The combined student bodies of Rockland District and Georges Valley High schools came together for the first time on Monday, Dec. 20, to begin merging student governments and, more importantly, student traditions.

The assembly was held in the auditorium at RDHS and was attended by students in grades 9 through 12. With a seating capacity of 578, the auditorium was packed, and teaching staff was consigned to standing room only.

Members of the student senates at both high schools have been working on a series of bills designed to bring about as smooth a transition as possible to the high school merger that takes place next September. Under the already-approved merger plan, the newly named Oceanside High School will house grades 10, 11 and 12 in what is currently RDHS and grades 8 and 9 at what is currently GVHS.

Catherine “Cat” Fletcher, president of the Student Senate and a senior at RDHS, said in a news release that she thinks the assembly was a good beginning for what will be a dramatically different school configuration next year. Both student bodies are interested in maintaining some of their individual traditions, she said, and the work of the two student legislative groups was a chance to begin the process.

In November, the two groups met for an all-day workshop designed to come up with proposed bills to put before the combined student bodies. The Dec. 20 assembly at RDHS was held for that purpose.

At the workshop, student senate members broke up by class, with each recommending a policy or combination of traditions to be passed on to the high school administration for consideration.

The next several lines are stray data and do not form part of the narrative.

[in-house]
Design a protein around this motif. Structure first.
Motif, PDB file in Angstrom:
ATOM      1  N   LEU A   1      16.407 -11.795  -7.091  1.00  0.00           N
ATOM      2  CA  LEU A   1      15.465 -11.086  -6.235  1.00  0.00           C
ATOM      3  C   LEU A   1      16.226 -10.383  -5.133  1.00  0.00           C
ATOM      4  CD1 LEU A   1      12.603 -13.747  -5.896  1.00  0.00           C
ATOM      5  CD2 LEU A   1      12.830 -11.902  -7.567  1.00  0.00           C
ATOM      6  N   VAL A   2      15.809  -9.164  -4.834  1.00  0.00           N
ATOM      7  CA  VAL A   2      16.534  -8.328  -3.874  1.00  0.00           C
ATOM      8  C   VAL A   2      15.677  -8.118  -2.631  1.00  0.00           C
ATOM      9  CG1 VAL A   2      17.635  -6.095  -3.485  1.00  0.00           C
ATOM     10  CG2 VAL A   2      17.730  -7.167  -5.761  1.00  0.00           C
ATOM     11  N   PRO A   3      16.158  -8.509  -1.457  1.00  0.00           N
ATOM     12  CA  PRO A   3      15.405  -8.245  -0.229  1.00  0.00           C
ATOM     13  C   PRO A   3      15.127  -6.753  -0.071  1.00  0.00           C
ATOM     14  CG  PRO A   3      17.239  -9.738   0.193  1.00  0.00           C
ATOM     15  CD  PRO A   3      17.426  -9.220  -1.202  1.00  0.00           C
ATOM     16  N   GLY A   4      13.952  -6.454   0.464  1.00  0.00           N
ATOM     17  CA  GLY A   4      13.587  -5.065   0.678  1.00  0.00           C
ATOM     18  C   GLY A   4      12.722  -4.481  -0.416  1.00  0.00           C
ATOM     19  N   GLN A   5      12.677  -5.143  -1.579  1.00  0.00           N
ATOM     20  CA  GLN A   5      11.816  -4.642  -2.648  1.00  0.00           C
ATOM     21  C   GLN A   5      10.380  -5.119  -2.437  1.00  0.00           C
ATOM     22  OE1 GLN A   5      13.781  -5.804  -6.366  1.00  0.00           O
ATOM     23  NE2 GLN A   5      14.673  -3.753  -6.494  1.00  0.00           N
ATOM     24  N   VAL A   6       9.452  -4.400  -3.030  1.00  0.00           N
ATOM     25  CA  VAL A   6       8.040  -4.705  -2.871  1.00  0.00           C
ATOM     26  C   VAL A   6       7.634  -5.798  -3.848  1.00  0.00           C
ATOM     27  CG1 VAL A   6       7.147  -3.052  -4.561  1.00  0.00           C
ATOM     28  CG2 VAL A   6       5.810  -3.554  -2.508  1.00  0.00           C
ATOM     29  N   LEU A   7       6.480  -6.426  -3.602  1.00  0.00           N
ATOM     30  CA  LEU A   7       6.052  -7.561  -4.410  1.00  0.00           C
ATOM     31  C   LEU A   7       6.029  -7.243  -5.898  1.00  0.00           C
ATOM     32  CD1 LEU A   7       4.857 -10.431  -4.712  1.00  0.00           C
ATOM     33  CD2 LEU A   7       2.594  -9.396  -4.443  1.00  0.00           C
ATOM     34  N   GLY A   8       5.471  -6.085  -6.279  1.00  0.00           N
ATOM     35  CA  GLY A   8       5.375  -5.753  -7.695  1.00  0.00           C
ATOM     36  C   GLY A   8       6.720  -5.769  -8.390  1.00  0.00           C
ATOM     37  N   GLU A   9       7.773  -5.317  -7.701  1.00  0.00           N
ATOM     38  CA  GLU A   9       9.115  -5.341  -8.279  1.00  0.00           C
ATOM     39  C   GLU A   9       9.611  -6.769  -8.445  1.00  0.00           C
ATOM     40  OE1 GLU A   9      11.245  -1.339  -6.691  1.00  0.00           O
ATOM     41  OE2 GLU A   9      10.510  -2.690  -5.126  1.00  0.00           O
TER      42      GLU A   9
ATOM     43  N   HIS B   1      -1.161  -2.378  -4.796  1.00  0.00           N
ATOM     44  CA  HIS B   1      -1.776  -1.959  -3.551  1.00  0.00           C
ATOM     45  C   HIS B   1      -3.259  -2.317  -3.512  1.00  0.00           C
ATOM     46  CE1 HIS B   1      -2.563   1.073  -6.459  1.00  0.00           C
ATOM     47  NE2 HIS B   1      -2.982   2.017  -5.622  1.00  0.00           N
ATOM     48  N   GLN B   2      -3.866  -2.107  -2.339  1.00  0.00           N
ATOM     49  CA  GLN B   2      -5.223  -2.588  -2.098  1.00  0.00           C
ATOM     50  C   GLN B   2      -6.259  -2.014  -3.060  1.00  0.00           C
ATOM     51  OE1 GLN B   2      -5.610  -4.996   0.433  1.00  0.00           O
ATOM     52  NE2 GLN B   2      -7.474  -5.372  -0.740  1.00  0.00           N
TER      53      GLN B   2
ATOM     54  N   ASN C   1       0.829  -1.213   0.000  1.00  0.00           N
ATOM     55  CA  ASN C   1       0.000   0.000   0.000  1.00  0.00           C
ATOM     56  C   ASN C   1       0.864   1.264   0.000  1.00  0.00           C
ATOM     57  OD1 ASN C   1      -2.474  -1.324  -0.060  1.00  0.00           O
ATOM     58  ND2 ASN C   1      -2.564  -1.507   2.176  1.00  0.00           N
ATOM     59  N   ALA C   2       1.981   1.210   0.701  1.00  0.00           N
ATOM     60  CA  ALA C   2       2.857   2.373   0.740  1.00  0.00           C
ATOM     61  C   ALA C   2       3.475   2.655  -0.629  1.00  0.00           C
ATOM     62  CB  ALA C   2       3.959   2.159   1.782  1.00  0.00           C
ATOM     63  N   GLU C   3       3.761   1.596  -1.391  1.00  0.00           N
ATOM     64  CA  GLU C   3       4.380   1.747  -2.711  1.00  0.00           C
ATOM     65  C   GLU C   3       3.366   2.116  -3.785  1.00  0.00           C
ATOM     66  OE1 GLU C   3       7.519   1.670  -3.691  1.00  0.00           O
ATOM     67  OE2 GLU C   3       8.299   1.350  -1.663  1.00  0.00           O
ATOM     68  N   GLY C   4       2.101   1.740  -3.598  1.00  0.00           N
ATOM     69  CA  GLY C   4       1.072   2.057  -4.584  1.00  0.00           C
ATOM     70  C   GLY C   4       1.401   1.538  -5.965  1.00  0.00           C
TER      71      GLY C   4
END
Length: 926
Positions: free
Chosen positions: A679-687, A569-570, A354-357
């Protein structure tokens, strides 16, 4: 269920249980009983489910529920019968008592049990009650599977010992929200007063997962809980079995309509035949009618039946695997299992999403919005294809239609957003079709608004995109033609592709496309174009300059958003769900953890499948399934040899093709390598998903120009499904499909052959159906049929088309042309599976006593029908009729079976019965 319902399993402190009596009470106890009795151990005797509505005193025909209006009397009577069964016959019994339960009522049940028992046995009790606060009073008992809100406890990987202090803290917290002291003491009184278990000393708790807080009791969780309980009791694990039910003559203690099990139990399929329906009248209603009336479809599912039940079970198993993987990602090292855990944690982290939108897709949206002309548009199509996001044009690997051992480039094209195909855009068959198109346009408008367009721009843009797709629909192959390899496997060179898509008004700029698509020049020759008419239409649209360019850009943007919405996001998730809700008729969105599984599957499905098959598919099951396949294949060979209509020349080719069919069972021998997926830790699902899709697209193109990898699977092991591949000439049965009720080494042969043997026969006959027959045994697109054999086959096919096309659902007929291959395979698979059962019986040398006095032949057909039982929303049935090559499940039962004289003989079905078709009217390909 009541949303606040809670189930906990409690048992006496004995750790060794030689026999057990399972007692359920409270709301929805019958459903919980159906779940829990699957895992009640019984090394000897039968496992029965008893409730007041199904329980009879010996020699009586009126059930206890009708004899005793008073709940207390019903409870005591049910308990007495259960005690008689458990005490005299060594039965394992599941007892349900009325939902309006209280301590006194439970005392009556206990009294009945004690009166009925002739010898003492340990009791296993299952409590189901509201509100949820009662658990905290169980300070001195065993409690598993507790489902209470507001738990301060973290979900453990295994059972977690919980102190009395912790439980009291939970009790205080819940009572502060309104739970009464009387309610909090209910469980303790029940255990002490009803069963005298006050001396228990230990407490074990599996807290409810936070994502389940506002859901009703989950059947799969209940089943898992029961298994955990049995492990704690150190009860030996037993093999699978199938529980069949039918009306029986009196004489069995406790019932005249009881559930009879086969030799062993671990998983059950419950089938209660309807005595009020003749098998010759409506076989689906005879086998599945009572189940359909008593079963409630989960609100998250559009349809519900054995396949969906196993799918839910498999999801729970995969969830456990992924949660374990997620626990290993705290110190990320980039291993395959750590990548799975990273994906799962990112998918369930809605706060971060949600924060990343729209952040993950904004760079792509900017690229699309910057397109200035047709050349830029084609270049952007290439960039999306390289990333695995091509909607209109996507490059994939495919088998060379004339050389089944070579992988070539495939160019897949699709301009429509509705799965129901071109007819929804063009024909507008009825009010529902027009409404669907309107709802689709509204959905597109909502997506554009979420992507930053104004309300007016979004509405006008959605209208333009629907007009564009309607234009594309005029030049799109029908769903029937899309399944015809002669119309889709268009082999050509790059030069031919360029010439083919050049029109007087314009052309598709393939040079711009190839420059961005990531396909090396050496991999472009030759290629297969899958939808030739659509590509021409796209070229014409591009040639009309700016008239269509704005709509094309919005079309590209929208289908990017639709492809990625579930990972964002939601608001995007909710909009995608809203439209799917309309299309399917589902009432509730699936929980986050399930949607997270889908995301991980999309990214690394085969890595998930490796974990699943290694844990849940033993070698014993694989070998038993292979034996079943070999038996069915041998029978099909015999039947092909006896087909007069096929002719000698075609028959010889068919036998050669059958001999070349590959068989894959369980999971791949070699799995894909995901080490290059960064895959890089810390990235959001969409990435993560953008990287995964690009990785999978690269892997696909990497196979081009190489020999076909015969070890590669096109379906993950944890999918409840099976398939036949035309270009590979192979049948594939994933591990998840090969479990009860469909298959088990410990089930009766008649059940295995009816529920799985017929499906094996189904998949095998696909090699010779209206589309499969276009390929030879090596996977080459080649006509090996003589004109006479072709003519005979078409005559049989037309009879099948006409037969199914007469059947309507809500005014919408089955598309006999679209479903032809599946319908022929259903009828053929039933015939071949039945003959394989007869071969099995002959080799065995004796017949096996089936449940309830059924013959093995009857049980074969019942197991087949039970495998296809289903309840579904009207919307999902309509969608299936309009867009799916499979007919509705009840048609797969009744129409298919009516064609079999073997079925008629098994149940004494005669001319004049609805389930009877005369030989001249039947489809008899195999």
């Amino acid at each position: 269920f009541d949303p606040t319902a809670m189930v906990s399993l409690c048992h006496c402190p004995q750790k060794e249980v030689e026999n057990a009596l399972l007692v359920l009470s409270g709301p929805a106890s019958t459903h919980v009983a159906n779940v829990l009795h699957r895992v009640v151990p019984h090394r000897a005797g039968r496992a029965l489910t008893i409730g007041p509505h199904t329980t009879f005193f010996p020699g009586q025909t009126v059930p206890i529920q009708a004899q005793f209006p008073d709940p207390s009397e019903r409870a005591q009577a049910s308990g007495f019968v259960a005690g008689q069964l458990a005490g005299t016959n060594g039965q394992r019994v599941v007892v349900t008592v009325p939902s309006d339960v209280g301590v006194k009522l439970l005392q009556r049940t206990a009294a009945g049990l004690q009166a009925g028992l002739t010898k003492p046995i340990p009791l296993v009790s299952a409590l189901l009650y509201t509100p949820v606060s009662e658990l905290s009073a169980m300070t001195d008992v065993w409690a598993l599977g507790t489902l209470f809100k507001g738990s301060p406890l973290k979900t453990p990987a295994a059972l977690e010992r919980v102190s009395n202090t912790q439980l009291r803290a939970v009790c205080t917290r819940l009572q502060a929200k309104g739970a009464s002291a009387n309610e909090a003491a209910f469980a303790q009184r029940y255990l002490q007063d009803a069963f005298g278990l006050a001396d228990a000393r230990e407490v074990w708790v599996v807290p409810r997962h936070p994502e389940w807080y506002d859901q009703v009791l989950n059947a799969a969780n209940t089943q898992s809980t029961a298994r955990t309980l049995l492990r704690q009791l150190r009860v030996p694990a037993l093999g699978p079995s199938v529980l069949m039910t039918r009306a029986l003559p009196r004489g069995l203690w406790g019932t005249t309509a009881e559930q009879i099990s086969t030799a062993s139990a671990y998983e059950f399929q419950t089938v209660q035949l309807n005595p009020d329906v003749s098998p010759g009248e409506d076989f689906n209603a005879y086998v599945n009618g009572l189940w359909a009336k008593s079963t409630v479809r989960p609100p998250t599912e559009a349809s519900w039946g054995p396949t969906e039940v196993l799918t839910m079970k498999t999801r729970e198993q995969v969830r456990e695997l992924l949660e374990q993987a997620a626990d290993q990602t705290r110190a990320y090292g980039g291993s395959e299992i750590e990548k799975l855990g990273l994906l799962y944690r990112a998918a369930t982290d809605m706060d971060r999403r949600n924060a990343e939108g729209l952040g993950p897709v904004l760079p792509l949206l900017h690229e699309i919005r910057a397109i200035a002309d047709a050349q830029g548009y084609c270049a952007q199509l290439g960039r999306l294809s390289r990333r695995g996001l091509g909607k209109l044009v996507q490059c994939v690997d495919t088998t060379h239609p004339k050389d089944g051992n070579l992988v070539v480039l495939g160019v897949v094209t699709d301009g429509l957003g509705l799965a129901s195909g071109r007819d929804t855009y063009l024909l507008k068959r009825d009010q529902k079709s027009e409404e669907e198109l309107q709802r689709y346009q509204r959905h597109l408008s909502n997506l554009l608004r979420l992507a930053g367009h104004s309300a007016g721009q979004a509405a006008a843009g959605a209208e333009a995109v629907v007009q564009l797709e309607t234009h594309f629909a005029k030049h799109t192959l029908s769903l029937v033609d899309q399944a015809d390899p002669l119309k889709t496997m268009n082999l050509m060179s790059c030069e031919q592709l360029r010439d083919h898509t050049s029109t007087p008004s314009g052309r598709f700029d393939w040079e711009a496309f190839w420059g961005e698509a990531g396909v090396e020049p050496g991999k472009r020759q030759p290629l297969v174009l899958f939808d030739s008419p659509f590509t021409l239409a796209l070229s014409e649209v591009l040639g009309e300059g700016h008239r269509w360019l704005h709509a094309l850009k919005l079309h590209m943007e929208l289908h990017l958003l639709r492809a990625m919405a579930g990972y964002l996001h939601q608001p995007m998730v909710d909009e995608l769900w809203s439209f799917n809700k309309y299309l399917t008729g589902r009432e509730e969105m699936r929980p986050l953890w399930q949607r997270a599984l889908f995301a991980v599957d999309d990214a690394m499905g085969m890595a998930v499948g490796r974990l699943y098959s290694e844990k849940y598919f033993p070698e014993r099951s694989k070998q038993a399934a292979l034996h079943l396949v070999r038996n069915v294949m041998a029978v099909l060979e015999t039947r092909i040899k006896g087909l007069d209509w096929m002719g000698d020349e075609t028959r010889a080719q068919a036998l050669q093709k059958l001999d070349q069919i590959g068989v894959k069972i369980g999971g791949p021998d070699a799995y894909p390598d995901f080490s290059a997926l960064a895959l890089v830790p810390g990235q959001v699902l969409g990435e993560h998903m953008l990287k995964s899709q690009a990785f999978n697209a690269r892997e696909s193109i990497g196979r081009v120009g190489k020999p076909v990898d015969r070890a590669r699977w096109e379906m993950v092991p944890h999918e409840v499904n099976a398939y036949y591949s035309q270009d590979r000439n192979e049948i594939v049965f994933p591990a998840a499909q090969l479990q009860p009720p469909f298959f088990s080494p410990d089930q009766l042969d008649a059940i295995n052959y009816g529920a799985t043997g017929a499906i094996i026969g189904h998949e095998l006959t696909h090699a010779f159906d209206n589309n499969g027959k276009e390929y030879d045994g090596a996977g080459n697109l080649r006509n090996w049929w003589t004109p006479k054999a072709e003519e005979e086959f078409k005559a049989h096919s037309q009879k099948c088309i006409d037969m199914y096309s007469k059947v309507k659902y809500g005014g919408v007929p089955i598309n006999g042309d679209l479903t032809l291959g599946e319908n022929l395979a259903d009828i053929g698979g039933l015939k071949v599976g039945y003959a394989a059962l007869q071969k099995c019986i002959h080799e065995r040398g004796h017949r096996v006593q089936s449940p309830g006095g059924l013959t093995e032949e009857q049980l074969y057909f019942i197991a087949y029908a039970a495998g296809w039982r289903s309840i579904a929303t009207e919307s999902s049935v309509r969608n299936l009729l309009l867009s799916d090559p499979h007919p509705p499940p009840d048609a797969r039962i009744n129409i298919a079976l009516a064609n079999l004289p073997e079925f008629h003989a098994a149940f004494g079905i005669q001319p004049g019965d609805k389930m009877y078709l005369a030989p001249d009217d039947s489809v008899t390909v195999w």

“Students at both high schools believe it is important to keep the most important traditions,” said Fletcher, adding that everyone worked hard at cooperation.

Ben Wallace, president of the junior class at Georges Valley, echoes Fletcher’s sentiment.

“I was really impressed how everyone went into it [the workshop] with open minds,” Wallace said.

Matters presented for discussion included proposals for moving to a 10-point grade scale and combining various components of each high school’s spirit week and homecoming. A plan was put forward, and adopted by both student senates, for a one-year transition in the composition of the student government at Oceanside High School.

Fletcher said the process was a good chance for students at each high school to get together and get to know each other. That process will continue on Friday, Jan. 7, when RDHS hosts a “black light” dance for students at both high schools.

Both Fletcher and Wallace said that based on what they experienced in the workshop and from what they saw at the combined assembly, the students at what will be Oceanside High School are off to a good start.